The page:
There is a term called Minnesota Nice, which refers to the kindness of those who live in the Land of 10,000 Lakes. Anyone who has met someone who comes from that state understands. Minnesota Nice people are friendly, welcoming, giving, easy to talk to, humble to a fault and willing to help with whatever you may need. I have encountered some Minnesota Nice people who took the time to take me on their boat, show me lighthouses in their area, and serve me a “hot dish” dinner. (A hot dish is what I would call a casserole.)

The idea of Minnesota Nice struck me as significant because it is an attribute that is so engrained in our society that it has been given a name. Would nice be the first word that comes to the minds of people in our society when they think about Christians? Maybe, but not necessarily. How much is our kindness and love toward others engrained in our community’s collective concept of the Christian person? Many other attributes may come to mind before nice when it comes to people’s perception of the quintessential Christian.

Which begs the question, “What should the Christian be known for?” The answer comes from St. Paul who said to the Ephesians, “Be kind to one another, tenderhearted, forgiving one another, as God in Christ forgave you” (Ephesians 4:32). We as Christians are called to be beyond just nice.

We are to be tenderhearted as well, Paul says, which is translated from the Greek that means “well compassioned and sympathetic.” We should genuinely feel for others as Christ feels for us.

And we should be richly forgiving, not being judgmental in any way. People can tell if we are being phony. And showing forgiveness “from the heart,” as Christ did for us, cannot be faked.

Jesus told us, “Let your light shine before others, so that they may see your good works and give glory to your Father who is in heaven” (Matthew 5:16). The things that we say and do should not be said and done so that others can say how nice we are, but they should be said and done to point others to God and to God in Christ. We are not put on this earth just to be nice, but to be a reflection of the heart and mind of Christ to all the world. So be Christian Compassionate as well as Minnesota Nice.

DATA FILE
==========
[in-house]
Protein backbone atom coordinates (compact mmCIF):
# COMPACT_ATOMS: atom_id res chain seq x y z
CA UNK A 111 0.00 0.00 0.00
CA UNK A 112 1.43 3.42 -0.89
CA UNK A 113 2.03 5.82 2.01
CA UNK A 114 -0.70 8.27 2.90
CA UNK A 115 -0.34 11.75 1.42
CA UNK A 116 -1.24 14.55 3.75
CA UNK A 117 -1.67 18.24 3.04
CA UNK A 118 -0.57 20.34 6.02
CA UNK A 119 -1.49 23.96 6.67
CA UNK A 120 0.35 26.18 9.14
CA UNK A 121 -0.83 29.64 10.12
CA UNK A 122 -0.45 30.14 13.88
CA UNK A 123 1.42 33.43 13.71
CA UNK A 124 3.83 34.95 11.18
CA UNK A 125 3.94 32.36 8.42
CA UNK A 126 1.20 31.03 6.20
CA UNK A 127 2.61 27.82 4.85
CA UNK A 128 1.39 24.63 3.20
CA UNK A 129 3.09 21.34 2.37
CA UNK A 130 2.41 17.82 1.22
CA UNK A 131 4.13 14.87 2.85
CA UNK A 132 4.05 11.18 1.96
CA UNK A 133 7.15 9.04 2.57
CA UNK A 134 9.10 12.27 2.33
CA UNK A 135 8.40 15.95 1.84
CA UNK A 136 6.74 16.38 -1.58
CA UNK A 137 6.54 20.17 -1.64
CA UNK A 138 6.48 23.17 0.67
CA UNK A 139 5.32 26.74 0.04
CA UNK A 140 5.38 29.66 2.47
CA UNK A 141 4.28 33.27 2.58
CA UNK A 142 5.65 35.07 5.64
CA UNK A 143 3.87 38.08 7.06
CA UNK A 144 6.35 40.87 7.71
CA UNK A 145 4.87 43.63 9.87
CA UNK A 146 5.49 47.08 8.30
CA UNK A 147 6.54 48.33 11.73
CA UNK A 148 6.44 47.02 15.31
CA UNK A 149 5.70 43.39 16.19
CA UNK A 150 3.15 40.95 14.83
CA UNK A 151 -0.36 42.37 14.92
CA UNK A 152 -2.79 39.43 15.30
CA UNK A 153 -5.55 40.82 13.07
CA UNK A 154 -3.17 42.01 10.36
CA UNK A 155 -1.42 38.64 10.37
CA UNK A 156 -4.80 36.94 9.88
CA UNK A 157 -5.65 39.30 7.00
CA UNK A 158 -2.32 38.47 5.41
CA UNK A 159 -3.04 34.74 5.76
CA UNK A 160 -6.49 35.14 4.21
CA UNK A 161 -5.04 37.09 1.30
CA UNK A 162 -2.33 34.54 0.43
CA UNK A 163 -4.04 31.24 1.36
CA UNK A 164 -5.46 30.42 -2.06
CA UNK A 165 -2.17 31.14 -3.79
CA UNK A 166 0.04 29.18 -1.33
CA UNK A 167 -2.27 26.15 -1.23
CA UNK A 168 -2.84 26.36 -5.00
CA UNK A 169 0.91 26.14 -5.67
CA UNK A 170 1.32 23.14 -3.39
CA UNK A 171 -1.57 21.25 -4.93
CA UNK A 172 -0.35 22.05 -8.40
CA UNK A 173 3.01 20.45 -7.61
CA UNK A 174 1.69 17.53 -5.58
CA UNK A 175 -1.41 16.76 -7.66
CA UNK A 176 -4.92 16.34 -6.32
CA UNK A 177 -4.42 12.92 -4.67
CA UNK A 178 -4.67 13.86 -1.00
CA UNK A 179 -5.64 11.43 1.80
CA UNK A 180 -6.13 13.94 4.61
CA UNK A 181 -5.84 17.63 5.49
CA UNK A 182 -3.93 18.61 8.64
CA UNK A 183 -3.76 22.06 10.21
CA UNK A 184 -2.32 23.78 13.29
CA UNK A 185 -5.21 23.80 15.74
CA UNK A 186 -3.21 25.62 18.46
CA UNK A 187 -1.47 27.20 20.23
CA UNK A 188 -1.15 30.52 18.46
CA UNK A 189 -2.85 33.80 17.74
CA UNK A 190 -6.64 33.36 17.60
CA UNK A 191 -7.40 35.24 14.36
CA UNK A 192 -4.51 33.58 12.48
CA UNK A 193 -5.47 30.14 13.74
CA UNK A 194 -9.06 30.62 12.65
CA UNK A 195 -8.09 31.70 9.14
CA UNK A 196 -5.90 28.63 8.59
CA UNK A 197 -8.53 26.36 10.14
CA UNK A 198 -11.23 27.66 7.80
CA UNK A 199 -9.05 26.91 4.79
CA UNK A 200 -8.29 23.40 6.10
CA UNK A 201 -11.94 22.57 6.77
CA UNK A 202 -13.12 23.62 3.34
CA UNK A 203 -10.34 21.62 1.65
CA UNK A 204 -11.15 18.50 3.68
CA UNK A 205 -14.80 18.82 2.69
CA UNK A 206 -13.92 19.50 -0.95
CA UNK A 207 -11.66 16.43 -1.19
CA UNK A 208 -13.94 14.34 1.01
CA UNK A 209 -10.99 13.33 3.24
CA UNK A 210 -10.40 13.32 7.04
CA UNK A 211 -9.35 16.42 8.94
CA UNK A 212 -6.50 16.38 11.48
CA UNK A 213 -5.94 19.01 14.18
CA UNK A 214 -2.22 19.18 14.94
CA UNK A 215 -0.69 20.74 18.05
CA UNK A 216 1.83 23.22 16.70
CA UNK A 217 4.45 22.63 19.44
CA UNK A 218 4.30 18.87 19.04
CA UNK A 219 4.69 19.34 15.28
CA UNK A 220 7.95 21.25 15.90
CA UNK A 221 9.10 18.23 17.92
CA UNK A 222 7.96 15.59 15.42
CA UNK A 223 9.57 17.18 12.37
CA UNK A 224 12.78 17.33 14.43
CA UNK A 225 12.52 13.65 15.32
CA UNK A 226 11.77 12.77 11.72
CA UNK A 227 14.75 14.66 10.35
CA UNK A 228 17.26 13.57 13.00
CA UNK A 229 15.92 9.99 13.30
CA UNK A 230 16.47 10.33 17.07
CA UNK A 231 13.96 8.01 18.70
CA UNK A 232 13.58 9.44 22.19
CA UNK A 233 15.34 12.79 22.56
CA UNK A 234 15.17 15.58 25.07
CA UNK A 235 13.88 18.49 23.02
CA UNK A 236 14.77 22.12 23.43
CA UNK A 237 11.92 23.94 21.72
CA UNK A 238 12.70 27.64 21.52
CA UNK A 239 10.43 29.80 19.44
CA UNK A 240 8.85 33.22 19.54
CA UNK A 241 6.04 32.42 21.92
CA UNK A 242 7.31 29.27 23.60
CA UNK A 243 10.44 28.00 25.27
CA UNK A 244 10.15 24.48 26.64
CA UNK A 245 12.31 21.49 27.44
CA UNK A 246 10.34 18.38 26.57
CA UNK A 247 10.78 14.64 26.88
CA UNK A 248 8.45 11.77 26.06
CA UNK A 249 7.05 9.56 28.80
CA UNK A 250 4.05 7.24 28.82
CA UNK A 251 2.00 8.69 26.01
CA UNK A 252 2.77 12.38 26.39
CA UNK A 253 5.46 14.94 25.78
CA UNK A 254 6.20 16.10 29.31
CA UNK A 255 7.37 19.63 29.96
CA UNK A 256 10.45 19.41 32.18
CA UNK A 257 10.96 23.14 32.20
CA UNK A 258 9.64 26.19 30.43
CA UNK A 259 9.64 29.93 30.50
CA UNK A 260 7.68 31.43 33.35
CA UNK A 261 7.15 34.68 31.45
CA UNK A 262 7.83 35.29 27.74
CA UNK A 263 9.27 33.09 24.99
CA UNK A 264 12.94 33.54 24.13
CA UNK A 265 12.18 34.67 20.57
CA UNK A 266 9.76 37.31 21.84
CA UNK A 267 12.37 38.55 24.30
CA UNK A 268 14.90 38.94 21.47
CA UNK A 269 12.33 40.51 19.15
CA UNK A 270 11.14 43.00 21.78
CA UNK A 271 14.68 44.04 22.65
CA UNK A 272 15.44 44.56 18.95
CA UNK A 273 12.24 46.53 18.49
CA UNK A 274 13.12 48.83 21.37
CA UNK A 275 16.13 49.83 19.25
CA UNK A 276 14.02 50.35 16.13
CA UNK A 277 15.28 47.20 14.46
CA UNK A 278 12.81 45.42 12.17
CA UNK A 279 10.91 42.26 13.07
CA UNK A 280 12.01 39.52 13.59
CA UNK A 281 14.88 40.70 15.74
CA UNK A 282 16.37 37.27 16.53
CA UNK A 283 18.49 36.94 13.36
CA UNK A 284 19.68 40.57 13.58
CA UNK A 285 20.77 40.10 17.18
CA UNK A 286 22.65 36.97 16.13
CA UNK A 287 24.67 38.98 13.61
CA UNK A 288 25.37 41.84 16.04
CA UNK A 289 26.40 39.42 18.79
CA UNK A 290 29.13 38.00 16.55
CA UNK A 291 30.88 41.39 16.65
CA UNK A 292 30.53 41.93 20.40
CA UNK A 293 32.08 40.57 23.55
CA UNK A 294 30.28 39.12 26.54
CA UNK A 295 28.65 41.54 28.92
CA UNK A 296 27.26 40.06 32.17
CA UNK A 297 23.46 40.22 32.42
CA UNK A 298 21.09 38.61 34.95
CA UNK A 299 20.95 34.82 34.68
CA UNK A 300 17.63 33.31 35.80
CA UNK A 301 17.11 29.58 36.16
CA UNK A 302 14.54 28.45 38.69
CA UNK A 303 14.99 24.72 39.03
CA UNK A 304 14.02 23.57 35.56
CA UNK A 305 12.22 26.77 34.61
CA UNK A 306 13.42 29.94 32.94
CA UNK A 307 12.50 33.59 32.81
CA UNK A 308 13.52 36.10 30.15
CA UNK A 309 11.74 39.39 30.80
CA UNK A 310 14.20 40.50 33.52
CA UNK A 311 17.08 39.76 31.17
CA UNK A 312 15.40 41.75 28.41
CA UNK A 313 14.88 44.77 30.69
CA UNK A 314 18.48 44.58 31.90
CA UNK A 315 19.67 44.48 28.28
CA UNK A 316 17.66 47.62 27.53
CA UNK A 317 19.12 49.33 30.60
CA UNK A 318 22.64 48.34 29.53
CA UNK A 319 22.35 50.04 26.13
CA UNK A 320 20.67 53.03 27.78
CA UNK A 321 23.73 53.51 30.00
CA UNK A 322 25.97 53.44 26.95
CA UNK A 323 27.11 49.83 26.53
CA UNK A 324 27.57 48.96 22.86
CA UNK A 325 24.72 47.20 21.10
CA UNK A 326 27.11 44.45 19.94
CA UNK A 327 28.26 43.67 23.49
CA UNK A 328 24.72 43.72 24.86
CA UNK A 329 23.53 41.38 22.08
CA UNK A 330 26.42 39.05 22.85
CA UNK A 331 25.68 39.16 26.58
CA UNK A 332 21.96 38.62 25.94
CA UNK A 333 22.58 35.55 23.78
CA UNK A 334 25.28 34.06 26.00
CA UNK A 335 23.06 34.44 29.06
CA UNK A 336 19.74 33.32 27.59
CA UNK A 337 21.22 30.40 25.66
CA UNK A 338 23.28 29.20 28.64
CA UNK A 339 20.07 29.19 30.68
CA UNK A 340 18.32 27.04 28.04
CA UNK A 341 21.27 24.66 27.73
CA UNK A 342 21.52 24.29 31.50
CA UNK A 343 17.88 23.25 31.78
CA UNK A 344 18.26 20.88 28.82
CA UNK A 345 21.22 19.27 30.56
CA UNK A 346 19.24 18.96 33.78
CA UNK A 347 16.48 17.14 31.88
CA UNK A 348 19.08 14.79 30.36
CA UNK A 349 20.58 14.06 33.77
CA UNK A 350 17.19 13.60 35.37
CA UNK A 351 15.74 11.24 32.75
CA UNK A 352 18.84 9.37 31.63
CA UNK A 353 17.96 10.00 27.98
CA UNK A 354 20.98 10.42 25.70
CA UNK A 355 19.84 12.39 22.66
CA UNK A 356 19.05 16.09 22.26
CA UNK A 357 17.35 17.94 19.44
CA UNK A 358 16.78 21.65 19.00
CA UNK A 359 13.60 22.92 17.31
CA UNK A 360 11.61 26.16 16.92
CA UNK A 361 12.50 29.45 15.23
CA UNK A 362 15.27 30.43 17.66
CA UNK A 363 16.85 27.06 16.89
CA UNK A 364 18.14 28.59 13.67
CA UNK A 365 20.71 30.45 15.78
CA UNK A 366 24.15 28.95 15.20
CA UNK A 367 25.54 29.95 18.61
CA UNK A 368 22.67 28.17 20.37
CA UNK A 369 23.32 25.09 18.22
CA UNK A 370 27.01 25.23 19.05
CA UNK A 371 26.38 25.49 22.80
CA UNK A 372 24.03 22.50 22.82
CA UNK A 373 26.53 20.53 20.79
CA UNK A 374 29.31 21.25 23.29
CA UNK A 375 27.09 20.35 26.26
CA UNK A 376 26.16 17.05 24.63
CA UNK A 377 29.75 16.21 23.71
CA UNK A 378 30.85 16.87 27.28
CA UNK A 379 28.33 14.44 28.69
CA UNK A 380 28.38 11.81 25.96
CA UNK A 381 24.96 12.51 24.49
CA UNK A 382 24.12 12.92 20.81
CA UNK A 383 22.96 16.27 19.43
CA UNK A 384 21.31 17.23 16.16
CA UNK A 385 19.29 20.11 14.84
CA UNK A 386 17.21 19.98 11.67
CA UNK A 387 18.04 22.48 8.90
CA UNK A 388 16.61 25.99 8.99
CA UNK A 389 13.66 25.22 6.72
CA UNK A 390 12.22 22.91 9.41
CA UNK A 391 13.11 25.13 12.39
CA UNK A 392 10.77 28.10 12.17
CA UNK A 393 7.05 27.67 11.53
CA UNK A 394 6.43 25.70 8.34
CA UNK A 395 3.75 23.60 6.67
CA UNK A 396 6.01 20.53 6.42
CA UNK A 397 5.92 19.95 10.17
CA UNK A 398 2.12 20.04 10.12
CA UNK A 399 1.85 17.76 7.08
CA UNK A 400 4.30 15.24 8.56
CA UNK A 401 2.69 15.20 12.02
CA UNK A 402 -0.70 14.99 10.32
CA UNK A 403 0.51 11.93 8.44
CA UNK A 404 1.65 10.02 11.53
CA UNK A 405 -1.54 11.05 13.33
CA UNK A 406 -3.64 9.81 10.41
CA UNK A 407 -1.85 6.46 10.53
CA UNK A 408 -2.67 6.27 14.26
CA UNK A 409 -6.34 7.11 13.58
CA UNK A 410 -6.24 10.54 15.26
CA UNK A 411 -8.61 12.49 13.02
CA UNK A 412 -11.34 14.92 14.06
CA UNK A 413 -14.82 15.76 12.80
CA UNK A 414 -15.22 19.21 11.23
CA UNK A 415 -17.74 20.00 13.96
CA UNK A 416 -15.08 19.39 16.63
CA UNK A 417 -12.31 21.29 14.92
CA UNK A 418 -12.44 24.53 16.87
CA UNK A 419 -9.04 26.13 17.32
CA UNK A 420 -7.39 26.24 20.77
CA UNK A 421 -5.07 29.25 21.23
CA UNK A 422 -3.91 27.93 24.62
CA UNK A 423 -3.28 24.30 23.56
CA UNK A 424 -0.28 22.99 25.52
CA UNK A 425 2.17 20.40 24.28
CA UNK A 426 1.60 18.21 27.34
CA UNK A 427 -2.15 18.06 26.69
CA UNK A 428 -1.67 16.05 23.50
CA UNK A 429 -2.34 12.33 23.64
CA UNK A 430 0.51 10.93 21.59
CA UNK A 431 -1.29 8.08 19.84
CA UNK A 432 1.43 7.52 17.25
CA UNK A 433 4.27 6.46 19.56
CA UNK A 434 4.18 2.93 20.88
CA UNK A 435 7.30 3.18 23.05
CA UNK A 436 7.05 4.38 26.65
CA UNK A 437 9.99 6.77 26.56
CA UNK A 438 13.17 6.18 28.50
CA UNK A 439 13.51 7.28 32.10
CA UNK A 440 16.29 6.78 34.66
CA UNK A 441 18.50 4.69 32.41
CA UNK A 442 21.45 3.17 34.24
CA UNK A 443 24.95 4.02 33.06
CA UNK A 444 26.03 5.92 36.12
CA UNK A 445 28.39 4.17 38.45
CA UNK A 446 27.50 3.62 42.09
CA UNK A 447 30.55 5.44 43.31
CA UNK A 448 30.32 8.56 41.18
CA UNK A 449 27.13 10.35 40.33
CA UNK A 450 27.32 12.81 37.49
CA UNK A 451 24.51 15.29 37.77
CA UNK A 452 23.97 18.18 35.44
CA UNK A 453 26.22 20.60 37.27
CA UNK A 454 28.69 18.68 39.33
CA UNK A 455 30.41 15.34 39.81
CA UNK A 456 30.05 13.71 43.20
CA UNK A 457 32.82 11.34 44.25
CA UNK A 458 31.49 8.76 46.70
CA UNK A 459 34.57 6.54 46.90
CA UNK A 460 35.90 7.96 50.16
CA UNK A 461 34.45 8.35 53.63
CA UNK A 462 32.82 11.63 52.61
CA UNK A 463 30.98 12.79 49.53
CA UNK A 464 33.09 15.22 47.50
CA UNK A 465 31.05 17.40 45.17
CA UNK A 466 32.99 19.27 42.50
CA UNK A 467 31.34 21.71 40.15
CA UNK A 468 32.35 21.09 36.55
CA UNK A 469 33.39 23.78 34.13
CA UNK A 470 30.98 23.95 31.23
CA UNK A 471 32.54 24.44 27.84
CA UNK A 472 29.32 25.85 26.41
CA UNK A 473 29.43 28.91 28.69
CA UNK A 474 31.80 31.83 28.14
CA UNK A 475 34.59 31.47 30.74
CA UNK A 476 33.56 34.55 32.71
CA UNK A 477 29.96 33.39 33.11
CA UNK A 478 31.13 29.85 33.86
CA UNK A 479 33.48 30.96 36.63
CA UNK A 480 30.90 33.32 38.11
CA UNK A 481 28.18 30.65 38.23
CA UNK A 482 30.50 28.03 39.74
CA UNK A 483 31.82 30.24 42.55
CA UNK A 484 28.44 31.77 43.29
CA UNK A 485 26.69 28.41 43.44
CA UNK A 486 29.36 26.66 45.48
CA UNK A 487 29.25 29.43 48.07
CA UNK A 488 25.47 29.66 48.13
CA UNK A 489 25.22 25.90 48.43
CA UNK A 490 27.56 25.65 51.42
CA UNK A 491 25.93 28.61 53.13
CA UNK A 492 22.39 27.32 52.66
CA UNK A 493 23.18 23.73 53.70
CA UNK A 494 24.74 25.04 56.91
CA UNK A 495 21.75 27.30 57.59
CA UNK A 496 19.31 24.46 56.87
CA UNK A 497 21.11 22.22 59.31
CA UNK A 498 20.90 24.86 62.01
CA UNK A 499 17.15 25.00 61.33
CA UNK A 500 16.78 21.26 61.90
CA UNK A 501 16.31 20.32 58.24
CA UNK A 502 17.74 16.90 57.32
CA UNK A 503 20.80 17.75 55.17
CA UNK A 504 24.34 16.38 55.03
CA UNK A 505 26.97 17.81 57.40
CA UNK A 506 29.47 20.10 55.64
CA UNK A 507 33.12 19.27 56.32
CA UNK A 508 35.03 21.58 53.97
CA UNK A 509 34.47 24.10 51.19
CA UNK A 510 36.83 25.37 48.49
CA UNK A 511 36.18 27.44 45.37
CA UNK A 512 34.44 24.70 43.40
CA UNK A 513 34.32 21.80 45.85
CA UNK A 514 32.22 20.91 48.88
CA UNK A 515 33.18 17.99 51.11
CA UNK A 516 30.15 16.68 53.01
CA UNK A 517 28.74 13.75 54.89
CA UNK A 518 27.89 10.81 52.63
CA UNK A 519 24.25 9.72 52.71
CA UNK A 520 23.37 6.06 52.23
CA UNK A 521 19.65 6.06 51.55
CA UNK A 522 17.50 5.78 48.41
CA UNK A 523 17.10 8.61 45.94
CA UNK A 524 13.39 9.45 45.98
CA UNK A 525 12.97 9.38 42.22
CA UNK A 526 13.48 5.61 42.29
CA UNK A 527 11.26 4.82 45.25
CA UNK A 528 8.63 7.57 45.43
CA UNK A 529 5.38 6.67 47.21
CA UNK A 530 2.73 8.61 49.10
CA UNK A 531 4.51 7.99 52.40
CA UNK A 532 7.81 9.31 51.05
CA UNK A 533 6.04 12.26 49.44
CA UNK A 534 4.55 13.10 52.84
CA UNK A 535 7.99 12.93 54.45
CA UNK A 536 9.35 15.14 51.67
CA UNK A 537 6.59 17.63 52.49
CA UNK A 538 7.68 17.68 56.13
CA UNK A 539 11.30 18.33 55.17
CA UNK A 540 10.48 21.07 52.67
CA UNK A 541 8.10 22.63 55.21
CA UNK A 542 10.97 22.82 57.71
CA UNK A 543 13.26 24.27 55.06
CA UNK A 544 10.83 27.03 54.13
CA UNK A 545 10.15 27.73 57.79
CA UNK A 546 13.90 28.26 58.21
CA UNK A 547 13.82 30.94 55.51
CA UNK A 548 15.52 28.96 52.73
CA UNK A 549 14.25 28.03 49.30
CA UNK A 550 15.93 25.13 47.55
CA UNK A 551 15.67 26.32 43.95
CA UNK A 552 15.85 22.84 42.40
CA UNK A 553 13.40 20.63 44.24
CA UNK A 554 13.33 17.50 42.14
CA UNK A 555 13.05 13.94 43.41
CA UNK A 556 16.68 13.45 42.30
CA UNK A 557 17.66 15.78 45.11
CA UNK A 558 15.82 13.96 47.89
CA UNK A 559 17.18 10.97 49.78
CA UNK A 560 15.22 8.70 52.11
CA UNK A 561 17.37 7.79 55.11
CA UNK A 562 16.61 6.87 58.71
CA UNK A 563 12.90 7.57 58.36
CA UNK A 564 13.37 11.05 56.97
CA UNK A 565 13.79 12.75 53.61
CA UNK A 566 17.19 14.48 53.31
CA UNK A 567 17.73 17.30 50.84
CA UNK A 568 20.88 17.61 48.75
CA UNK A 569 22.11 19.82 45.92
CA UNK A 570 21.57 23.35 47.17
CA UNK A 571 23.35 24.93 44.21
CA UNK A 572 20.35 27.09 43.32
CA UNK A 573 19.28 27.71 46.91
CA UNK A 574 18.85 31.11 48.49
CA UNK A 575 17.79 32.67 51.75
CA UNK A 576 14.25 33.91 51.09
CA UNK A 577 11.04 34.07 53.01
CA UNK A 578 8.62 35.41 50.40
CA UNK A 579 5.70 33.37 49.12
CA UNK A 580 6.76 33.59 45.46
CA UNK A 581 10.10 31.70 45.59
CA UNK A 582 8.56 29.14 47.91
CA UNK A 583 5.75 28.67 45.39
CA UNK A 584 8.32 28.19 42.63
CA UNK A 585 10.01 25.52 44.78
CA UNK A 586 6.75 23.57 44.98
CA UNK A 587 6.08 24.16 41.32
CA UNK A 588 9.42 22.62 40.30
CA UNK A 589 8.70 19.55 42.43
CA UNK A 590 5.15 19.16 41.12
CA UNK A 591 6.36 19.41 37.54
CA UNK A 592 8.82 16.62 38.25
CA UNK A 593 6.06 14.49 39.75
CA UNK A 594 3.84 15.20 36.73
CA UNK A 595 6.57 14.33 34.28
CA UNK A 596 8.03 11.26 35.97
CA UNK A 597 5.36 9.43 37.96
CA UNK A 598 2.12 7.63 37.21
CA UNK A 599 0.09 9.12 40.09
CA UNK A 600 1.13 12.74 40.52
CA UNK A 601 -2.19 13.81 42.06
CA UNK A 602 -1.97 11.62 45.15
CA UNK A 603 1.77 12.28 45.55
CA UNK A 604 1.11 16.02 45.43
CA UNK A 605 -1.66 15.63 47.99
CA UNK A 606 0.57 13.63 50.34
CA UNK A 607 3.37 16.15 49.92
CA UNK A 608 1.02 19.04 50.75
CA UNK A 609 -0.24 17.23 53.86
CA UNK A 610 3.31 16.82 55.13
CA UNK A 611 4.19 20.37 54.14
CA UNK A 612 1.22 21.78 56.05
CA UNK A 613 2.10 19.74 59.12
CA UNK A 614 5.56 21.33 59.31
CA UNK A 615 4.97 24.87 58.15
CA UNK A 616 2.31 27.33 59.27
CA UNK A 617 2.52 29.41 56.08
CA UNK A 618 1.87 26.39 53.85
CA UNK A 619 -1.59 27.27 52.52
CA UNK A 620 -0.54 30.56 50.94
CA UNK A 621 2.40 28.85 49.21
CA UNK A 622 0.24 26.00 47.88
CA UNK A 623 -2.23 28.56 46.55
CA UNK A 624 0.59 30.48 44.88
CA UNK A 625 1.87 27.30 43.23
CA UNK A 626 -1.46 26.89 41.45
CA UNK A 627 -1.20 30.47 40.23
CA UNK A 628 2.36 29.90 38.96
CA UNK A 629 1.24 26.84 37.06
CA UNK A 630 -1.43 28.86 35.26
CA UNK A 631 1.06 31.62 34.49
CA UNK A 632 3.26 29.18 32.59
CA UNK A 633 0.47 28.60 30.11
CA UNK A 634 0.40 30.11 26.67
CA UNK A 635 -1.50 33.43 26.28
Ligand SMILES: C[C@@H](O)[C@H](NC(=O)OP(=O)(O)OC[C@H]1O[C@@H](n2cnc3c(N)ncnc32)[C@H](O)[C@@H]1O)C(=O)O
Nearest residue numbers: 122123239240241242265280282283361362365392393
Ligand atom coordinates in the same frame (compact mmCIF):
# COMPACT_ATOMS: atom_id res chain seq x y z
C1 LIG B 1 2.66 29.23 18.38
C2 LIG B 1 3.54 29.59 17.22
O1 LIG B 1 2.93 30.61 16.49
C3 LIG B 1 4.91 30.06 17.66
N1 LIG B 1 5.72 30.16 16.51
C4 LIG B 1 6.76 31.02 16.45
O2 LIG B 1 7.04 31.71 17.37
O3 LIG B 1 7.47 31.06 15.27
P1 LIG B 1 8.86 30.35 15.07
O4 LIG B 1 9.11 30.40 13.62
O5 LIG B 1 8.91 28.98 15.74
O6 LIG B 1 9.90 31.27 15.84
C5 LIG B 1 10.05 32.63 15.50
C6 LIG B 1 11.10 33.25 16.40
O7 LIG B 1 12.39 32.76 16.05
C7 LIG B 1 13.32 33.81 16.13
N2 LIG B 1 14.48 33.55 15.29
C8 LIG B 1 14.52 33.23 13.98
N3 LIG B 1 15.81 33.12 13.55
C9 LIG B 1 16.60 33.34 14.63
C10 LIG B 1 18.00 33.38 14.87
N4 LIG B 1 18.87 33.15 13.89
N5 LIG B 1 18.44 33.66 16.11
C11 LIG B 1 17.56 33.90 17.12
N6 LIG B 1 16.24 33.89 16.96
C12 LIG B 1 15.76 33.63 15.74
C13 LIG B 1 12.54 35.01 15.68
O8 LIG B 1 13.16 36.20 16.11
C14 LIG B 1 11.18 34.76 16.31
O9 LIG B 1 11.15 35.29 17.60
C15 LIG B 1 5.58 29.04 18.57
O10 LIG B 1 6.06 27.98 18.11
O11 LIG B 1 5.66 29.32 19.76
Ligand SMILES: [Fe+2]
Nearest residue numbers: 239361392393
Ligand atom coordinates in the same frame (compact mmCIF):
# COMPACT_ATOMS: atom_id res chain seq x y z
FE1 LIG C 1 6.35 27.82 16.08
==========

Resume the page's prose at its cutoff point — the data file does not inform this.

The Inner Circle

inner circle

The Gospels made it clear that Jesus had an inner circle of friends. Peter, James and John would gather with him when times were good (at the Mount of Transfiguration) and when times were bad (at the Garden of Gethsemane). This group of friends in no way takes away from the relationships that Jesus had with the other disciples and followers, but simply points to the fact that we as human beings need certain loved ones we can turn to when we are in desperate need of someone to lean on, vent to and share particular life moments with.

It is said that we are the average of our five best friends. So if that is so, what are the characteristics of your “inner circle” of friends that you have made a part of your own personality? Maybe it is a good listening ear, a heart for God’s Word, a welcoming nature, or a bringer of joy to any situation.

Christ should be at the heart of any Christian circle of friends. Think about ways in which Christ is made evident in your core group. Perhaps it is through prayer texts or times together at church or meals when grace is spoken. Ponder things that can make these friendships even more tied to Christ.

I think of the time on the cross when Jesus told John and his mother to care for one another. He built an inner circle there, and in that moment, the two of them became more than friends; they became family. The friends in my core group have taken to calling each other “frienily”—a melding of friends and family. That is what we are in Christ, after all, brothers and sisters in him and brothers and sisters to one another. And frienily does what a family does. They are there for one another, through thick and thin. Take a moment to thank God today for the family your friends have become for you through him.